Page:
• Using Angle Brackets in Javadoc

    I’m not sure how I’ve never run into this, but I recently noticed that writing XML in Javadoc results in it not being rendered correctly.

    As an example, let’s take a look at Betaville’s Collada exporter and what its Javadoc looks like when viewed

    /**
     * Exporter for COLLADA files
     *
     * <COLLADA>
     * 	<asset/>
     * 	<library_cameras/> // not important
     * 	<library_lights/> // not important
     * 	<library_images/>
     * 	<library_effects/>
     * 	<library_materials/>
     * 	<library_geometries/>
     * 	<library_animations/>
     * 	<library_controllers/>
     * 	<library_visual_scenes/>
     * 	<scene/>
     *
     * @author Skye Book
     * @experimental - incomplete
     *
     */

    No @code tags means bad news

    Gross!!!  What happened?  After some digging, I found that it is necessary to wrap the documentation in question with the code tag using {@code someCodeHere}.  But the fun doesn’t end there, if you want to do something akin to an XML structure, you must wrap each line with the code tag as follows.

    /**
     * Exporter for COLLADA files
     * <p>
     *
     * {@code<COLLADA>}</br>
     * 	{@code<asset/>}</br>
     * 	{@code<library_cameras/> // not important}</br>
     * 	{@code<library_lights/> // not important}</br>
     * 	{@code<library_images/>}</br>
     * 	{@code<library_effects/>}</br>
     * 	{@code<library_materials/>}</br>
     * 	{@code<library_geometries/>}</br>
     * 	{@code<library_animations/>}</br>
     * 	{@code<library_controllers/>}</br>
     * 	{@code<library_visual_scenes/>}</br>
     * 	{@code<scene/>}</br>
     *
     * @author Skye Book
     * @experimental - incomplete
     *
     */

    So nice!

    Well with that sorted I guess there’s no more excuse for poor documentation, eh?

  • Dealing with New York City's GIS Data

    I give the city an enormous amount of credit for the GIS data that they make available online.  Unfortunately, the city’s love affair with Esri’s ArcGIS means that its spatial reference system (SRS) can be difficult to identify.

    Fear not, however, as a quick trip over to one of my favorite websites ever, spatialreference.org, can help you find a corresponding EPSG code.  The available conversions are invaluable for anyone interested in geospatial data.  Simply give the site the contents of your .PRJ file or the projection’s well-known text (WKT) and you will get back that magical identifier.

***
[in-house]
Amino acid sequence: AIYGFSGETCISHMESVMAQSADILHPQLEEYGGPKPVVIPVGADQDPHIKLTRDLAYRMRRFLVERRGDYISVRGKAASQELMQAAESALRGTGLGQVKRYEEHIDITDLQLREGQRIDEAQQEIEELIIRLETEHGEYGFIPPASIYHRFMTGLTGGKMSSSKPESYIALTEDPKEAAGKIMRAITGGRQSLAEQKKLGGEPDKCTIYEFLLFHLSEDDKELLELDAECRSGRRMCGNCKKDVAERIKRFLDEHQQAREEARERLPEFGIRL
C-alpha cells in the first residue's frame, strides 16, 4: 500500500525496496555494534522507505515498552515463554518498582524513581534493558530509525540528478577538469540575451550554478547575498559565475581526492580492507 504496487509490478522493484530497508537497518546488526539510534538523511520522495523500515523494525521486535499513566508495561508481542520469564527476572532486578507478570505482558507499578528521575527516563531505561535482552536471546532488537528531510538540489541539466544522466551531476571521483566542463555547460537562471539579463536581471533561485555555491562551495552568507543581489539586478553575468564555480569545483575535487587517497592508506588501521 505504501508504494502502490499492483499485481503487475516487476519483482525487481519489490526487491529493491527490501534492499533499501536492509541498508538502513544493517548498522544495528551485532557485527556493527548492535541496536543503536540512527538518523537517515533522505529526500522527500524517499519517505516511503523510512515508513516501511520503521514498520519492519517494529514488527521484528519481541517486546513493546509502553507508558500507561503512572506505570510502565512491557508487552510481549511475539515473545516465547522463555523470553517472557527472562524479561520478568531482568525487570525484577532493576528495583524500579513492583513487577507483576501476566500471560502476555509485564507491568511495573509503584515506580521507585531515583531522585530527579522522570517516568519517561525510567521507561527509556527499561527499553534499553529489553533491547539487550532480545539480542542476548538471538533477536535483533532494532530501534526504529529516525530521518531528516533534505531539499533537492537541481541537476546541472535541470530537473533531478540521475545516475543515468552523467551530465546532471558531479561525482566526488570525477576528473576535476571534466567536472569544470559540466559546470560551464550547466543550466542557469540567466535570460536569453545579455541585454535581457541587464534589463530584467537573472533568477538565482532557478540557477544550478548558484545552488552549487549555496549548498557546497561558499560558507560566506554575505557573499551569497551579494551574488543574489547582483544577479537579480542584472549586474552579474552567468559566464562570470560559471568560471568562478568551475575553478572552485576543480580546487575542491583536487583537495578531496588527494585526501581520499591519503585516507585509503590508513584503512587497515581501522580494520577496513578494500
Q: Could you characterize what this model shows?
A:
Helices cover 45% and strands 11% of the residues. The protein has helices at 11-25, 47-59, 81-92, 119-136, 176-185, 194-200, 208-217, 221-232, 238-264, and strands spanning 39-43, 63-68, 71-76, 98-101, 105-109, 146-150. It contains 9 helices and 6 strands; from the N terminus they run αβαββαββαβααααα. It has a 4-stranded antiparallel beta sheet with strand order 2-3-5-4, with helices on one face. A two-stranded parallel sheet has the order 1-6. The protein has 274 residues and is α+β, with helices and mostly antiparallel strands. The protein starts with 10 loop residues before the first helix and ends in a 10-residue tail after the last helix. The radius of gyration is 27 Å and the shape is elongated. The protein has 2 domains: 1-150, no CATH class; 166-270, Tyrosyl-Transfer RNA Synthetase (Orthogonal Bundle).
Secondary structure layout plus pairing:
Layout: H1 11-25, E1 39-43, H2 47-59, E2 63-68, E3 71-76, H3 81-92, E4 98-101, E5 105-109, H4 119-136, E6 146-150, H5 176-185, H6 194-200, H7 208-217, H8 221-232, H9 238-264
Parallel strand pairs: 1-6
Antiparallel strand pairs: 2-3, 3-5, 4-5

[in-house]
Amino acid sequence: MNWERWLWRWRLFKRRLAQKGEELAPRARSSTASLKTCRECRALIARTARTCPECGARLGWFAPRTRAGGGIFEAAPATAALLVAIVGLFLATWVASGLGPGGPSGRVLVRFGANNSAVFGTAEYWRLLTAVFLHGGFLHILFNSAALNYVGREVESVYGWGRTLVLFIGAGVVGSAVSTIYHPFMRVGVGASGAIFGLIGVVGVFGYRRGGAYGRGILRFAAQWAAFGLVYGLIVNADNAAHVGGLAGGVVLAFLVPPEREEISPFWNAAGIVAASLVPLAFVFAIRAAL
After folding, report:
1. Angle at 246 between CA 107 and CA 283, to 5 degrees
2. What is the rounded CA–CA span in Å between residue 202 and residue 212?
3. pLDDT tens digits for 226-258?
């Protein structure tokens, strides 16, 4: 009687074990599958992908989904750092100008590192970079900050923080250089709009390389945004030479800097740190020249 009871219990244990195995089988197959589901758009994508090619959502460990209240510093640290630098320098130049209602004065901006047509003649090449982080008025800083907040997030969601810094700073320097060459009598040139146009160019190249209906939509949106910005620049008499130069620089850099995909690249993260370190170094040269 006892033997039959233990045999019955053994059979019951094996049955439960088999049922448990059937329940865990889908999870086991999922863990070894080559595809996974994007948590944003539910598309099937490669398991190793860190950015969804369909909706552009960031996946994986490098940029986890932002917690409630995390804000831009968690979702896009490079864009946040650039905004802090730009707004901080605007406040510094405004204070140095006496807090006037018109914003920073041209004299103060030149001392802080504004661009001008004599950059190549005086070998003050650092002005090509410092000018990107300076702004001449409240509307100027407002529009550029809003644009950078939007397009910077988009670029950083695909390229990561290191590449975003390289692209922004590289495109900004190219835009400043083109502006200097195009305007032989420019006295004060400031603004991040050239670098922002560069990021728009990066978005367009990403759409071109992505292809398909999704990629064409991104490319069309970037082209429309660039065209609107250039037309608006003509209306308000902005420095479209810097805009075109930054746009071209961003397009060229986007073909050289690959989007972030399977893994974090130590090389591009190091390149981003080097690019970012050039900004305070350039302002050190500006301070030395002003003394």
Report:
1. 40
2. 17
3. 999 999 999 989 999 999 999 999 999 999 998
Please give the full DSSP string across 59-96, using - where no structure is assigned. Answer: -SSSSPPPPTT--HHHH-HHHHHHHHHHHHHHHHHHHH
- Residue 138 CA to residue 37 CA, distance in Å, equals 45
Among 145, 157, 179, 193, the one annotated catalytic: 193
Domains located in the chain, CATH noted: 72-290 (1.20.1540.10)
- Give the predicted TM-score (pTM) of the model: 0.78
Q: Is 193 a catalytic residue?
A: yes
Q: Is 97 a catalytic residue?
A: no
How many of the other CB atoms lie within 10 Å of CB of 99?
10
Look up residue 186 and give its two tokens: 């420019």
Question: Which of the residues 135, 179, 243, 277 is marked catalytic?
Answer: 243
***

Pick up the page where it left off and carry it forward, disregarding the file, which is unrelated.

Ah, and if you’re looking for the reference system that New York City usually uses then you’re probably looking for EPSG:2263

  • Published My First Android App

    Big news, I’ve finally gotten around to publishing my first Android app!  I figured it was a good idea to get around to making something cool before I hit my one year anniversary of being on the Android platform.  Without going to deep into details, the App is part Betaville client, part Betaville ‘joyphone’ (as dubbed by Carl Skelton of BxmC, it can remotely control a 3D app’s camera).  The neat thing about this little side project from my day job is that it allowed me to do some tinkering with a number of different parts of the Android SDK.  From networking to MapViews to sensor data, I’ve gotten a nice feel for the development process.

    I have to say, I’m extremely impressed.

    The tutorials on the website were concise and clear without cramming ‘best practices’ down your throat, the Eclipse add-on has come a long way since I last tried it in the summer of 2010, and the publishing process was a breeze.  My only gripe is with the new project form that doesn’t make a minimum API field mandatory.  Lo and behold, upon uploading my signed apk, I was warned that it was missing.  That said, if you’re putting up an app, make sure your AndroidManifest.xml includes something along the lines of:

    <uses-sdk android:minSdkVersion="8" android:targetSdkVersion="8"/>
  • Google Chrome Icon Not Displaying – Sometimes its the Simple Things

    I re-installed Windows 7 on a partition a few weeks ago and upon installing Chrome was disappointed to find that the icon wasn’t working (not that I care much for the new icon anyway).  After a few days of fiddling I decided to, ahem, reinstall Chrome.  Sigh, that did the trick..  There’s really no substitute for the simple fixes :)

  • Auto-Refreshing Temperature Sensor in Terminal

    Here’s a neat little script I whipped up this morning to give me some real time information on what my desktop’s load temperatures are. Please note that this requires lmsensors to be setup for your box.

    #!/bin/bash
    while : ;
    do
         sleep 3
         clear
         sensors | grep Core
    done

    If you don’t have lmsensors setup, its pretty easy to do in Debian/Ubuntu

    sudo apt-get install lm-sensors

    And then run this to set it up:

    sensors-detect

    Edit: Our good friend Torben has very wisely pointed out that this could actually be much simpler using the watch command. Thanks Torben!

    watch -n 3 “sensors|grep Core”